and the rough ways made smooth,
and all flesh shall see the salvation of God.”  (Lk. 3:1-6)

First of all, he begins by citing Roman, Gentile—not Jewish history.   Tiberius was the successor of Augustus and therefore the second of the Roman emperors. Luke thus begins by setting the emergence of John against a world background, that of the Roman empire—this according to scripture scholar William Barclay.

The next three dates are connected to the political organization of Palestine, mentioning Pontius Pilate, Herod and his brother Philip.

And then turning to the religious situation, he dates John’s emergence in the priesthood of Annas and Caiaphas. Caiaphas was the actual high priest, Annas was still the most influential priestly figure in the land. (All these men, of course, were also to be actors on the stage of Jesus’ trial and execution a few years later.)

Barclay suggests a unique way of understanding the quotation from Isaiah 40:3-5:

“When a king proposed to tour a part of his dominions, he sent a courier before him to tell the people to prepare the roads. So John is regarded as the King’s courier or herald. But the preparation on which he insisted was a preparation of heart and of life. ‘The King is coming,’ he said. ‘Mend. Not your roads, but your lives.’”

There’s also an interesting point about Luke’s quotation of Isaiah here that’s different from the other three gospels. He brings it to its logical conclusion: “And all flesh shall see the salvation of God.” Luke is the gospel for the Gentiles—the gospel for everyone; he excludes no one, like our Pope Francis.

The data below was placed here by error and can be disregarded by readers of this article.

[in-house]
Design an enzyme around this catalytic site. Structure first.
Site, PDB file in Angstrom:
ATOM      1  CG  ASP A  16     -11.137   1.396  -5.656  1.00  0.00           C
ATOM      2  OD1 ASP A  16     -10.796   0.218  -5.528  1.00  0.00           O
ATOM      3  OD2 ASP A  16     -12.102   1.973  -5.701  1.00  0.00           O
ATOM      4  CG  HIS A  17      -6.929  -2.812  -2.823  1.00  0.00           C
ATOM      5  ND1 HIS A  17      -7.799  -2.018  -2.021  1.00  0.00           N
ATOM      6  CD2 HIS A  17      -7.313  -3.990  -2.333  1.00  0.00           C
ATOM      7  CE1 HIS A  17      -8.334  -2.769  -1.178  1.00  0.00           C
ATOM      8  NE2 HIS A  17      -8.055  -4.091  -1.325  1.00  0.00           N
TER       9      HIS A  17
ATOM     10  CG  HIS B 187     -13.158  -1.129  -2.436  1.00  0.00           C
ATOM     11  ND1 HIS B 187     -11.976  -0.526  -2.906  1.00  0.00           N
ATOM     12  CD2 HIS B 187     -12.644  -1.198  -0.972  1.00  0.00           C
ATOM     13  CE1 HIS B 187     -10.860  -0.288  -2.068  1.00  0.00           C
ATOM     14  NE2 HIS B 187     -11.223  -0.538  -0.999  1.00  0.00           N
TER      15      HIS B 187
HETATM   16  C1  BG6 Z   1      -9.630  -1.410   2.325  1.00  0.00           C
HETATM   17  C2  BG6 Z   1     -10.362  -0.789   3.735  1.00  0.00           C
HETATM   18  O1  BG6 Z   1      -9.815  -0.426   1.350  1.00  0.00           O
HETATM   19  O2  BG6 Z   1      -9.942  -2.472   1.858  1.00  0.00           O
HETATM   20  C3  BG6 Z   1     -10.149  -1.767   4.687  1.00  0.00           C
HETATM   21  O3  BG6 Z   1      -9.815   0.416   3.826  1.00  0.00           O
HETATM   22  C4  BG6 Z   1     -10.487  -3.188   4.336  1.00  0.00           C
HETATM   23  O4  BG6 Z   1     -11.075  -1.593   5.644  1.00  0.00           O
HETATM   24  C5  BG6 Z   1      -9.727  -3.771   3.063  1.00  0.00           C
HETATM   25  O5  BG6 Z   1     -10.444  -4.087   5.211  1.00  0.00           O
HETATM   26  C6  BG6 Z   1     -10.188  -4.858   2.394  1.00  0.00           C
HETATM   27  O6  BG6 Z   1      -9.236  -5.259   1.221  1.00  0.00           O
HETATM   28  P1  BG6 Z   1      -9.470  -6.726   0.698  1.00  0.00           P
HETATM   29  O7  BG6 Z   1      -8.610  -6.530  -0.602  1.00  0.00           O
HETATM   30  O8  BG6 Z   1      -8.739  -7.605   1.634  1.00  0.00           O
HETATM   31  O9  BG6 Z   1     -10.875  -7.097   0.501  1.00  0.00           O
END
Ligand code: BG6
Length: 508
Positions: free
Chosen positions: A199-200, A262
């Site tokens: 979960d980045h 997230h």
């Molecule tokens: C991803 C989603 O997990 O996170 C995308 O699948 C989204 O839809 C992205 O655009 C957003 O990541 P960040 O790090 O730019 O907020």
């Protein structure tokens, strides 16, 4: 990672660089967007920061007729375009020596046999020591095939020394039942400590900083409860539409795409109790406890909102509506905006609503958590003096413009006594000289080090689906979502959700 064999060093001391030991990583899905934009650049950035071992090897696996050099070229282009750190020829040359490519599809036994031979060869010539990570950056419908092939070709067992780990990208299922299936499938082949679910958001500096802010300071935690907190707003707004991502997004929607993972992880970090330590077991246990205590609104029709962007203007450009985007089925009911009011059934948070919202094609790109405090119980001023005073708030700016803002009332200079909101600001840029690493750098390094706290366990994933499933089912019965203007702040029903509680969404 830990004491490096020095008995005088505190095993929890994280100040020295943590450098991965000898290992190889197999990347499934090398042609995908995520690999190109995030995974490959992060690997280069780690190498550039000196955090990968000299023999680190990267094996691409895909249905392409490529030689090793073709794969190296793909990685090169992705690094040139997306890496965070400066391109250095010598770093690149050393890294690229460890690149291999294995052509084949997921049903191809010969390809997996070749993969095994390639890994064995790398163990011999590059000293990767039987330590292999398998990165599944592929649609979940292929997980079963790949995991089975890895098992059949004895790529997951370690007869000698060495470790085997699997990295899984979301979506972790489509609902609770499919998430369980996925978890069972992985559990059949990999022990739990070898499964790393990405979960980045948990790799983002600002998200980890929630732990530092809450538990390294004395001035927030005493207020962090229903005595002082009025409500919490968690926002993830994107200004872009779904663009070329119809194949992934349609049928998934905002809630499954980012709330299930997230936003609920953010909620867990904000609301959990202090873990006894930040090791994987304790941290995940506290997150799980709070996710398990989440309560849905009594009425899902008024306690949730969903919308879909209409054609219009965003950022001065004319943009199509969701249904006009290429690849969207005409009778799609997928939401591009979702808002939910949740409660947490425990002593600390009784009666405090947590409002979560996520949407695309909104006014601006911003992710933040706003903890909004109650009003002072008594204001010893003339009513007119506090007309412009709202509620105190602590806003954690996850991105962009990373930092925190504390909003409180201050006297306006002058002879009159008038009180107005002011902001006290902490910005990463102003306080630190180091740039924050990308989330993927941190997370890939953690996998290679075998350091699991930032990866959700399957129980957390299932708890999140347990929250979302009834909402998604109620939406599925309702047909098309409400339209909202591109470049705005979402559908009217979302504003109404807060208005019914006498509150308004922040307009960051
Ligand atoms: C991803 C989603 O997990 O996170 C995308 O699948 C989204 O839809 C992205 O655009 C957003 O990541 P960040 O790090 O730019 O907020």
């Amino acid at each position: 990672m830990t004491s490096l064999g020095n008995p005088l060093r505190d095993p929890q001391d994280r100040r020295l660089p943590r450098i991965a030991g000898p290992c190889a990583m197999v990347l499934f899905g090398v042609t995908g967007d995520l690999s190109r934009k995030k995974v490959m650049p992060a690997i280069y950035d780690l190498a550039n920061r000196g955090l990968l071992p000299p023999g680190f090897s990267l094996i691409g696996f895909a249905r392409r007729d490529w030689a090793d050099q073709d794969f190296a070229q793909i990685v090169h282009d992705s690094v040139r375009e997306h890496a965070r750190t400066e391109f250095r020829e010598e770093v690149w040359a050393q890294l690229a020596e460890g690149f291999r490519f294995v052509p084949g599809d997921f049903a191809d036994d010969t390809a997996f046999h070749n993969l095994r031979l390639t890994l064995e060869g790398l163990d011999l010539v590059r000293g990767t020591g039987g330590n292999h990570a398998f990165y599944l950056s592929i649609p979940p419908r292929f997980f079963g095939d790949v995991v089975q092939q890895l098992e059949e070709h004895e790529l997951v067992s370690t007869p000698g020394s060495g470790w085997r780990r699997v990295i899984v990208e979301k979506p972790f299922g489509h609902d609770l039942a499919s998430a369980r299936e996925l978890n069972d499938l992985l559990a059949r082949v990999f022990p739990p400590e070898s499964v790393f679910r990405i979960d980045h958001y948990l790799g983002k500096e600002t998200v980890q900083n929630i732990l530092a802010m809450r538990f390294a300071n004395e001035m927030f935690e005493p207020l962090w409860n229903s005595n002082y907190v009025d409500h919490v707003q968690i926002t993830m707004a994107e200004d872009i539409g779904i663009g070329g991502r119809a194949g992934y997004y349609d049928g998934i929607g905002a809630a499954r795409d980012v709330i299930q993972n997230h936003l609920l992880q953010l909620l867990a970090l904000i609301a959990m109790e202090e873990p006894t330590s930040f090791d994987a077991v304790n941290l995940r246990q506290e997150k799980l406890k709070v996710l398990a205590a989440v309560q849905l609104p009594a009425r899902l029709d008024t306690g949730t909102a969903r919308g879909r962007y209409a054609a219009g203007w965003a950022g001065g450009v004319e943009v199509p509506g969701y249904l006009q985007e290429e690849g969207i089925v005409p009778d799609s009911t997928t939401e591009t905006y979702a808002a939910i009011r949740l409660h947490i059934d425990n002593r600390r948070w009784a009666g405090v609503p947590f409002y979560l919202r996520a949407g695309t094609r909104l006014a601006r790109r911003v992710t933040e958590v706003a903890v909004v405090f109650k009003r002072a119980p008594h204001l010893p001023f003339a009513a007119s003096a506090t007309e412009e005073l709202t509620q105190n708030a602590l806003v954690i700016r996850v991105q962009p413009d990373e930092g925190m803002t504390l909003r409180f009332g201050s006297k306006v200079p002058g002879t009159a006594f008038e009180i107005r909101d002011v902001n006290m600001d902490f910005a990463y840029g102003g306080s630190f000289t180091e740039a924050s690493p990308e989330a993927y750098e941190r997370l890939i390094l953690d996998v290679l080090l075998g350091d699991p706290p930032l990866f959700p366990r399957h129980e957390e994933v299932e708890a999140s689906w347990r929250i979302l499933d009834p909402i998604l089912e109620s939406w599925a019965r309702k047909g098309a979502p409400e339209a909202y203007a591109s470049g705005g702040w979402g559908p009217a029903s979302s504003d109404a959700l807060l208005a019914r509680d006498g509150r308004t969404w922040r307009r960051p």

The King shall come when morning dawns

And light triumphant breaks,

When beauty gilds the eastern hills

And life to joy awakes.

Not, as of old, a little child,

To bear, and fight, and die,

But crowned with glory like the sun

That lights the morning sky.

The King shall come when morning dawns

And light and beauty brings.

Hail, Christ the Lord! Thy people pray:

Come quickly, King of kings. 

And, before you go, here’s a rendering of Handel’s And the glory of the Lord that contains the line quoted in Isaiah.      Click here, and be sure to enter full screen and turn up your speakers.

And here are all of Sunday’s Mass readings for your reflection: Click here.  

With love, Bob Traupman 

Contemplative Writer 

Acknowledgment:  William Barclay / The New Daily Study Bible / The Gospel of Luke                                                                                             Westminster John Knox Press / Louisville, KY / 1975-2001

 

Advent Day 9 ~ Where are you going?

“Prepare the way of the Lord! Make straight in the wasteland a highway for our God!”  Isaiah 40:3